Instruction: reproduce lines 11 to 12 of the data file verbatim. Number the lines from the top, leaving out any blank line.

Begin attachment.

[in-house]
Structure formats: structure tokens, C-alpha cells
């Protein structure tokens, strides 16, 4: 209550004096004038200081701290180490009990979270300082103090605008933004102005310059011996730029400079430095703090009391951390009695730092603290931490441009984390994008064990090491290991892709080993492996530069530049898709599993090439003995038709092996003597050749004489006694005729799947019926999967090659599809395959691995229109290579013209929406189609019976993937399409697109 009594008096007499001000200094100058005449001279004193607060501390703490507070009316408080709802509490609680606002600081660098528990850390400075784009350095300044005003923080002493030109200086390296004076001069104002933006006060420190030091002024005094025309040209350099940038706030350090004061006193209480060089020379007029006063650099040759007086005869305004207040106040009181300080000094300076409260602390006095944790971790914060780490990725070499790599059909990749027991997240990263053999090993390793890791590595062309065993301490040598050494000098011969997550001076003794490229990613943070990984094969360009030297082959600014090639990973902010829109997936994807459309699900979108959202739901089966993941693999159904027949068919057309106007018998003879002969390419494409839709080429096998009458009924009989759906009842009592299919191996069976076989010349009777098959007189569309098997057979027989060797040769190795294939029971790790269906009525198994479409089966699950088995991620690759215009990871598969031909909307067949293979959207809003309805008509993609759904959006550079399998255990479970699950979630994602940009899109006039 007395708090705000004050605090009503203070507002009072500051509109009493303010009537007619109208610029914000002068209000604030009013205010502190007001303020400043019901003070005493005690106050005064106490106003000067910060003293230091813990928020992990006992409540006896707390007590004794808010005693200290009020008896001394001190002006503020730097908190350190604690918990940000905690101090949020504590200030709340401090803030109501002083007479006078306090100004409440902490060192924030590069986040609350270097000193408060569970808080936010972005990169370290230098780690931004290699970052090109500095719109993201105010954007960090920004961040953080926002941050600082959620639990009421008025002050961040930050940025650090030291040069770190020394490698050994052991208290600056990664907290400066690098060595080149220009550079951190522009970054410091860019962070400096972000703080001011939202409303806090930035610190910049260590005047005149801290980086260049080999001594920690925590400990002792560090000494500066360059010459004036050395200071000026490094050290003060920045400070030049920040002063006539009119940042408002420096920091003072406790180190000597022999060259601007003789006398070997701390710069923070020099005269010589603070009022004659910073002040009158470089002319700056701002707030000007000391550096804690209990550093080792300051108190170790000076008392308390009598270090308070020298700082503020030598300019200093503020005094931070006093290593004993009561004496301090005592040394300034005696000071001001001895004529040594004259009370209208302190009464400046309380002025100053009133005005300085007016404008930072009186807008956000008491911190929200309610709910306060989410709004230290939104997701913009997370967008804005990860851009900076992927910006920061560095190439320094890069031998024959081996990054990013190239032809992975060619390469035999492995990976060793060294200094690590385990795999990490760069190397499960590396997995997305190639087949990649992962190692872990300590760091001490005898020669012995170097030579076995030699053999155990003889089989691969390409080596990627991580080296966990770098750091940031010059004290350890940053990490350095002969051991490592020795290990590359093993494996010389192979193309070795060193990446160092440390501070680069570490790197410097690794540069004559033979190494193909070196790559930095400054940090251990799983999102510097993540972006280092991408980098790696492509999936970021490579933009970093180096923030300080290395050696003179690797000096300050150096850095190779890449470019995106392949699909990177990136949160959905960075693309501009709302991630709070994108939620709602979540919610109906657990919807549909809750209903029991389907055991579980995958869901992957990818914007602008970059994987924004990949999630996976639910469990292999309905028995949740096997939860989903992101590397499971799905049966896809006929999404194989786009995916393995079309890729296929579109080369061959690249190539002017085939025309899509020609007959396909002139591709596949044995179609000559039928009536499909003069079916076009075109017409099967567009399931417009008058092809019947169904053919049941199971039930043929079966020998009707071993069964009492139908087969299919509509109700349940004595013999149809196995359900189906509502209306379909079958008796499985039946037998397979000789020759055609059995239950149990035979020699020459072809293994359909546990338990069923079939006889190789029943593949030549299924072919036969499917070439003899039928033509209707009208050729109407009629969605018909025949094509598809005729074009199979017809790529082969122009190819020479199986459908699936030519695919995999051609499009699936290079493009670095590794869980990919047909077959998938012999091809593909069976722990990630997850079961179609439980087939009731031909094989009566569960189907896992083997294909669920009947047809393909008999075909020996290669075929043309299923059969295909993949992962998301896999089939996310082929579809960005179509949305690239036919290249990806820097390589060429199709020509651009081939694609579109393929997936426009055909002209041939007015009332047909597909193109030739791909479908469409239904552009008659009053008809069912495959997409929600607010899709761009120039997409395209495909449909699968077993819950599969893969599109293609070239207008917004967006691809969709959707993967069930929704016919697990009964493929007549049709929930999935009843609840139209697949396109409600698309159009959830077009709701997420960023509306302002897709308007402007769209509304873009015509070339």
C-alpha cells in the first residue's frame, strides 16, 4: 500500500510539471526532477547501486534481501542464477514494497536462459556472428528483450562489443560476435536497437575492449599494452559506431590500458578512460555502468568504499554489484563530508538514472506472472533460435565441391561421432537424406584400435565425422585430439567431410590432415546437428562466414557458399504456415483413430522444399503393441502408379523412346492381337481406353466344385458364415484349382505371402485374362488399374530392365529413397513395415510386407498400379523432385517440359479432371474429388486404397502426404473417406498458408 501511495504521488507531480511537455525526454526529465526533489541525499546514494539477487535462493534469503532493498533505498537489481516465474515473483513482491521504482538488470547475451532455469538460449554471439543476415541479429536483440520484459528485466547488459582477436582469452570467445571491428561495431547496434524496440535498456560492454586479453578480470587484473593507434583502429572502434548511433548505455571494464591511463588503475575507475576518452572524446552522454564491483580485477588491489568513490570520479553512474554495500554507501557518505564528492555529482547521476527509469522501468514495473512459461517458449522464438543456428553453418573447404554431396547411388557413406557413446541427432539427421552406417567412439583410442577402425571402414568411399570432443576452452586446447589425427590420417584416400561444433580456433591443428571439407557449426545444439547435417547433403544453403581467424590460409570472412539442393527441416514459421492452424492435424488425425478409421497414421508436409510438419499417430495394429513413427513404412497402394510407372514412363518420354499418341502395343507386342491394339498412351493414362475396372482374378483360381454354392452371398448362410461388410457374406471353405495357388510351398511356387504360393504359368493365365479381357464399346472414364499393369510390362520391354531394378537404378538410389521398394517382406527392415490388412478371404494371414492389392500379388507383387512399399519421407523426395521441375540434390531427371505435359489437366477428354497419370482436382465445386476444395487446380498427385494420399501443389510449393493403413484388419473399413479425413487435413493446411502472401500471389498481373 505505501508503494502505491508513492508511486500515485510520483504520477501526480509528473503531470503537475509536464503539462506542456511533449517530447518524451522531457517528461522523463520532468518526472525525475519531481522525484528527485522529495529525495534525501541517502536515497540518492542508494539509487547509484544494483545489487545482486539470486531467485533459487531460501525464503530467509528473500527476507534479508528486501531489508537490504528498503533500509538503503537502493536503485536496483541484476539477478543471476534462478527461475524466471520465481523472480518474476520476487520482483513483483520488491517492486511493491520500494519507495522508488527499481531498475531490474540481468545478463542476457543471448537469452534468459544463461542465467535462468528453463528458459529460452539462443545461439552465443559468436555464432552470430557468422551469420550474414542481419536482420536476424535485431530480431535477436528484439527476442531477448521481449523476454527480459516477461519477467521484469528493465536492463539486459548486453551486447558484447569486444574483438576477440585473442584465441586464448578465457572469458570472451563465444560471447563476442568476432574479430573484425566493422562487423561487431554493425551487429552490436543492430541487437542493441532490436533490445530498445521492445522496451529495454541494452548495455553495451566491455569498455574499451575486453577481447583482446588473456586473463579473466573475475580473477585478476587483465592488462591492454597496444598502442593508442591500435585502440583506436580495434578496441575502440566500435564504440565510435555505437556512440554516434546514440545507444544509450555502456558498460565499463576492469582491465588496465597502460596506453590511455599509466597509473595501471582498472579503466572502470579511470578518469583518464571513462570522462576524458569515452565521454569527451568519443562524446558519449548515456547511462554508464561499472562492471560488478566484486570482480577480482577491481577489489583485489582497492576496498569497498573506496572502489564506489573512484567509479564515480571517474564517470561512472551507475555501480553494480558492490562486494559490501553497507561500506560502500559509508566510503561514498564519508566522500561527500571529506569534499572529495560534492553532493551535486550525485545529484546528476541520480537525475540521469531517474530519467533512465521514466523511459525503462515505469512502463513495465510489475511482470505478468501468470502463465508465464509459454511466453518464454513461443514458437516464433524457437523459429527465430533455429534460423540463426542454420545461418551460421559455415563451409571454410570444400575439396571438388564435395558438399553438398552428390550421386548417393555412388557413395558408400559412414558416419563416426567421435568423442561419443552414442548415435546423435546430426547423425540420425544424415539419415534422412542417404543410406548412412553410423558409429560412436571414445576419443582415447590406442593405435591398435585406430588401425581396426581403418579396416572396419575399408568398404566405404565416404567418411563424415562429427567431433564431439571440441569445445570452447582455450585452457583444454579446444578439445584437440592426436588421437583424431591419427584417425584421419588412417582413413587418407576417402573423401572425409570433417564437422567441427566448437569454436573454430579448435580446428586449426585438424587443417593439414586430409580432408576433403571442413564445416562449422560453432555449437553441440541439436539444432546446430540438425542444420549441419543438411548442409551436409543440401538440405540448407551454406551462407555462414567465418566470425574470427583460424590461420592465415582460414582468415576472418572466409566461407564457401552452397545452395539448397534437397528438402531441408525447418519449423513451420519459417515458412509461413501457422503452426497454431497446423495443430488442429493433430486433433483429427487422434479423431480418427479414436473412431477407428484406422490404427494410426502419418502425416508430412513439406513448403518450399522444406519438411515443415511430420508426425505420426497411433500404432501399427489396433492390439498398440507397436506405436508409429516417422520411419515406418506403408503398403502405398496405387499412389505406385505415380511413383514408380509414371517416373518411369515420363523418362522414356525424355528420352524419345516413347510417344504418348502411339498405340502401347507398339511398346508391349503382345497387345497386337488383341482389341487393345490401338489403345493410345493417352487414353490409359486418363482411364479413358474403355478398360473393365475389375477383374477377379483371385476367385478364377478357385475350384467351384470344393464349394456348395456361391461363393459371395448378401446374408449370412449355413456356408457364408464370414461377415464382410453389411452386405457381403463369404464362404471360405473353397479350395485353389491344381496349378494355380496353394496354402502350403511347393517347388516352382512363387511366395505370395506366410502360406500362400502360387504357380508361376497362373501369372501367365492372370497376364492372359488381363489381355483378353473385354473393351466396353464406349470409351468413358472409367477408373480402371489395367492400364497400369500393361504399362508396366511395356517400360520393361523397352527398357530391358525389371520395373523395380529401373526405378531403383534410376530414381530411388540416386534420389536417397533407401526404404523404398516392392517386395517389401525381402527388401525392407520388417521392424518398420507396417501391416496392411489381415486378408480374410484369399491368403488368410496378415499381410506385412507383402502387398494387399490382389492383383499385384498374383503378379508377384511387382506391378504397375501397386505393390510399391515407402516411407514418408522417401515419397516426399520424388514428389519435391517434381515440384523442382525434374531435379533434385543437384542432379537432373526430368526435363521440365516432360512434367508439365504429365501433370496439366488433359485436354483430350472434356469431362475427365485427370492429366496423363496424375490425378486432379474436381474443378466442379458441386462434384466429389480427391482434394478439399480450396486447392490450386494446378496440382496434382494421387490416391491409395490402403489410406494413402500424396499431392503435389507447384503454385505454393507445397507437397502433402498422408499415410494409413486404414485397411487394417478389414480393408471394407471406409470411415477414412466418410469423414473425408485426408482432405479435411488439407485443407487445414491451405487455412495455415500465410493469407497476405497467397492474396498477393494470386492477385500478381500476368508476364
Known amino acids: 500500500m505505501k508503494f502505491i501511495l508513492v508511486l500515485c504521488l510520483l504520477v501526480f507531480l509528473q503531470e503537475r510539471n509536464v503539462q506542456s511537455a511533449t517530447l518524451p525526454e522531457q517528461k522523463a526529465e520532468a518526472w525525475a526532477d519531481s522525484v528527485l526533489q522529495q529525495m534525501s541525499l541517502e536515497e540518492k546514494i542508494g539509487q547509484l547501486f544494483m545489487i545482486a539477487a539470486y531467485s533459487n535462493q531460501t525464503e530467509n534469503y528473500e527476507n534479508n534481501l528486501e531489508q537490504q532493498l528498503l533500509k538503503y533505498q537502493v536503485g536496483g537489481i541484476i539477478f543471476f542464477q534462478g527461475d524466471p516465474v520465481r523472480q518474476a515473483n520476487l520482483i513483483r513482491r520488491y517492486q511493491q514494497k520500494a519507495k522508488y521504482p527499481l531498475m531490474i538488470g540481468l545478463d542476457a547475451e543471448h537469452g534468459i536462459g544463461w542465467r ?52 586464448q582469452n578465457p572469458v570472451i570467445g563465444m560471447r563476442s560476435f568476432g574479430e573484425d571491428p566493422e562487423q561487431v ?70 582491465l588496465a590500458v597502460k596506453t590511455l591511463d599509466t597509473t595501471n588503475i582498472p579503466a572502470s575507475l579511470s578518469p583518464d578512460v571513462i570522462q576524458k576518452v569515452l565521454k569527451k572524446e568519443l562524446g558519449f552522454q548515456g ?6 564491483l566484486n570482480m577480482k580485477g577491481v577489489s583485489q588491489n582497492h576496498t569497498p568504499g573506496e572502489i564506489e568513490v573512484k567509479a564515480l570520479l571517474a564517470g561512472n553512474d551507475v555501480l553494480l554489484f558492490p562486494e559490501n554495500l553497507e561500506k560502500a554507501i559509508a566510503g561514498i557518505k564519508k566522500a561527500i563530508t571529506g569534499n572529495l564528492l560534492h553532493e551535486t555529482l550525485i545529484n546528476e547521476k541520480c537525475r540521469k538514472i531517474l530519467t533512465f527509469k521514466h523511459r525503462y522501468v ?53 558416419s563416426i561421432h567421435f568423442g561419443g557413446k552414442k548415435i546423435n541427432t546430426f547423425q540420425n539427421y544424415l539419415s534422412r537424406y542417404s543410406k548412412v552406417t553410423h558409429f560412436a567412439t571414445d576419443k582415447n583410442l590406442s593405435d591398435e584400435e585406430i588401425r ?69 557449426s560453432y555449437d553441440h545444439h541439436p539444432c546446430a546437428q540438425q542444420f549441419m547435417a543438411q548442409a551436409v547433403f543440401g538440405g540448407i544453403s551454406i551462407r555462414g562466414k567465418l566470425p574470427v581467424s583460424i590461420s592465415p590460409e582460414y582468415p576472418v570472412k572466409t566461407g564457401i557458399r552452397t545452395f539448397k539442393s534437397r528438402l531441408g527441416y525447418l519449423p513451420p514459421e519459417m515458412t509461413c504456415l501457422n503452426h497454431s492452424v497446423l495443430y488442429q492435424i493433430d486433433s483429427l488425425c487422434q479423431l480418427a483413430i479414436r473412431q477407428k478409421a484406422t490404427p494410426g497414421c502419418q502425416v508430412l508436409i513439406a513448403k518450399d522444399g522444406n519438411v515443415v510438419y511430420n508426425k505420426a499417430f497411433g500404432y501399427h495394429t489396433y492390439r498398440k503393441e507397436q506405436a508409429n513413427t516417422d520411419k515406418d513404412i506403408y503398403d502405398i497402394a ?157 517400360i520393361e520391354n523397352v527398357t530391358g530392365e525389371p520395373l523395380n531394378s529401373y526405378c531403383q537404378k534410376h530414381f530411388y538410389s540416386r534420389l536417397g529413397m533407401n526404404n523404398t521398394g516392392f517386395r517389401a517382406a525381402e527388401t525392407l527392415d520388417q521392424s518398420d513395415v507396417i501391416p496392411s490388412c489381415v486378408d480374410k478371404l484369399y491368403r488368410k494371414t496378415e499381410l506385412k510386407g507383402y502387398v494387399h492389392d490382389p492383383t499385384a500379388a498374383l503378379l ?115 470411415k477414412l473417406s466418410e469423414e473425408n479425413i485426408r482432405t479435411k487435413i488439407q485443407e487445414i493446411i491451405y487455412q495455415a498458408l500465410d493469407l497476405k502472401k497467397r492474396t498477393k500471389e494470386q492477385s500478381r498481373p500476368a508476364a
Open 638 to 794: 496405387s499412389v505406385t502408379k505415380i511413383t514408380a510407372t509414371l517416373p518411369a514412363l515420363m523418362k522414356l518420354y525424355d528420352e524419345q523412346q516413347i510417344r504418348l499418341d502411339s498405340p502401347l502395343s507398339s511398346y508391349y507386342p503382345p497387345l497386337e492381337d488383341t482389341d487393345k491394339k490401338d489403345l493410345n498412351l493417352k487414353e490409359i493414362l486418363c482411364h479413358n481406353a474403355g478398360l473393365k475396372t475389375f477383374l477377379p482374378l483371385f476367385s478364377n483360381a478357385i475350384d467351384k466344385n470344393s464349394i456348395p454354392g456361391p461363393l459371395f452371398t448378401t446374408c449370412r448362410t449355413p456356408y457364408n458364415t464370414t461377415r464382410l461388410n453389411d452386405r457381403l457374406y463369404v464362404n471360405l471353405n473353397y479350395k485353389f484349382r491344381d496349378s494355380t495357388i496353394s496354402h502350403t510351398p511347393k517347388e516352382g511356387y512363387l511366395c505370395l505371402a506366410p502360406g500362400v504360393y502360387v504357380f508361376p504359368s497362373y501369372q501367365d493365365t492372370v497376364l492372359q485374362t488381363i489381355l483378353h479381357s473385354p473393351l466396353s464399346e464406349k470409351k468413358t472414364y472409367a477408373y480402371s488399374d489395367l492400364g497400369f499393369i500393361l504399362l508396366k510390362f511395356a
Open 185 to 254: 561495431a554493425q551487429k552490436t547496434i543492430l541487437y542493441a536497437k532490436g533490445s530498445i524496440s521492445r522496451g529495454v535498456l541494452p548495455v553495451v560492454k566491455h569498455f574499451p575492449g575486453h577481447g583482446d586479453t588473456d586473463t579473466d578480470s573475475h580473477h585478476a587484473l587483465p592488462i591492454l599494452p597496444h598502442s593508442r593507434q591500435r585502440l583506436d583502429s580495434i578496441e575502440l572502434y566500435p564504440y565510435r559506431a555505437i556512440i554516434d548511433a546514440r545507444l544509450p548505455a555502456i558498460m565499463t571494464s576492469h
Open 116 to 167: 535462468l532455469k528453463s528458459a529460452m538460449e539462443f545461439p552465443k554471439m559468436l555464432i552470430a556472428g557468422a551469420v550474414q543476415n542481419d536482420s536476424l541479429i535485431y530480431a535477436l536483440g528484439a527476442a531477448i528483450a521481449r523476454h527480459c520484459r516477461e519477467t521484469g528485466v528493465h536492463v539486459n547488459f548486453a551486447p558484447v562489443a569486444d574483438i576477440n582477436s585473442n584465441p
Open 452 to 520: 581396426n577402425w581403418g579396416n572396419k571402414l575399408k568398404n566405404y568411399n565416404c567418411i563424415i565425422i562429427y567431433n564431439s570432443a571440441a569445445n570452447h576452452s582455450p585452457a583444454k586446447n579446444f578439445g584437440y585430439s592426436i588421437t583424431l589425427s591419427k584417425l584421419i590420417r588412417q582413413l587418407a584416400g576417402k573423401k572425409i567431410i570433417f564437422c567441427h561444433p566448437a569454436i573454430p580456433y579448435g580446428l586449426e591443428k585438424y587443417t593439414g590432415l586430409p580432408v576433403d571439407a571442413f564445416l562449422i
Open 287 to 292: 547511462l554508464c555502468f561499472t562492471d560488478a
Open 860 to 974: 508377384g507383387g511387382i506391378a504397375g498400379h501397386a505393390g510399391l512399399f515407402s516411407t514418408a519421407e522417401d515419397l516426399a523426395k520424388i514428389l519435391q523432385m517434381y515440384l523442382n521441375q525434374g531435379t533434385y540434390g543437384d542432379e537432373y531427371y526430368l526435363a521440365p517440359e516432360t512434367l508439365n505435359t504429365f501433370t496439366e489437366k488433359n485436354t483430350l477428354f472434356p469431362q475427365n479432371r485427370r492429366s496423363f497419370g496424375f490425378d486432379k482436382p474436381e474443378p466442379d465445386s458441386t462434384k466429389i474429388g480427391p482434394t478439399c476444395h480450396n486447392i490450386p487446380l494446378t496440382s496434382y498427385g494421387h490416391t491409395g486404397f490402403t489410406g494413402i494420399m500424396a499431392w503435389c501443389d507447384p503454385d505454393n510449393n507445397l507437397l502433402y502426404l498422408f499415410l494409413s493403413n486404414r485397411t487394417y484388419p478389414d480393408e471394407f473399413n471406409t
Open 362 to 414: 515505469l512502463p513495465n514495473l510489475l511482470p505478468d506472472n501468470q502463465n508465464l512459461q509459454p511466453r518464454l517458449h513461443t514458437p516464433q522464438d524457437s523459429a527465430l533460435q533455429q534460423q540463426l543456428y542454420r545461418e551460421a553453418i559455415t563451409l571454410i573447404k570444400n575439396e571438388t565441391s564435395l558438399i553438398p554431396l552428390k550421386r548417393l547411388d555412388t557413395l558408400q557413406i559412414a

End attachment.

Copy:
Open 860 to 974: 508377384g507383387g511387382i506391378a504397375g498400379h501397386a505393390g510399391l512399399f515407402s516411407t514418408a519421407e522417401d515419397l516426399a523426395k520424388i514428389l519435391q523432385m517434381y515440384l523442382n521441375q525434374g531435379t533434385y540434390g543437384d542432379e537432373y531427371y526430368l526435363a521440365p517440359e516432360t512434367l508439365n505435359t504429365f501433370t496439366e489437366k488433359n485436354t483430350l477428354f472434356p469431362q475427365n479432371r485427370r492429366s496423363f497419370g496424375f490425378d486432379k482436382p474436381e474443378p466442379d465445386s458441386t462434384k466429389i474429388g480427391p482434394t478439399c476444395h480450396n486447392i490450386p487446380l494446378t496440382s496434382y498427385g494421387h490416391t491409395g486404397f490402403t489410406g494413402i494420399m500424396a499431392w503435389c501443389d507447384p503454385d505454393n510449393n507445397l507437397l502433402y502426404l498422408f499415410l494409413s493403413n486404414r485397411t487394417y484388419p478389414d480393408e471394407f473399413n471406409t
Open 362 to 414: 515505469l512502463p513495465n514495473l510489475l511482470p505478468d506472472n501468470q502463465n508465464l512459461q509459454p511466453r518464454l517458449h513461443t514458437p516464433q522464438d524457437s523459429a527465430l533460435q533455429q534460423q540463426l543456428y542454420r545461418e551460421a553453418i559455415t563451409l571454410i573447404k570444400n575439396e571438388t565441391s564435395l558438399i553438398p554431396l552428390k550421386r548417393l547411388d555412388t557413395l558408400q557413406i559412414a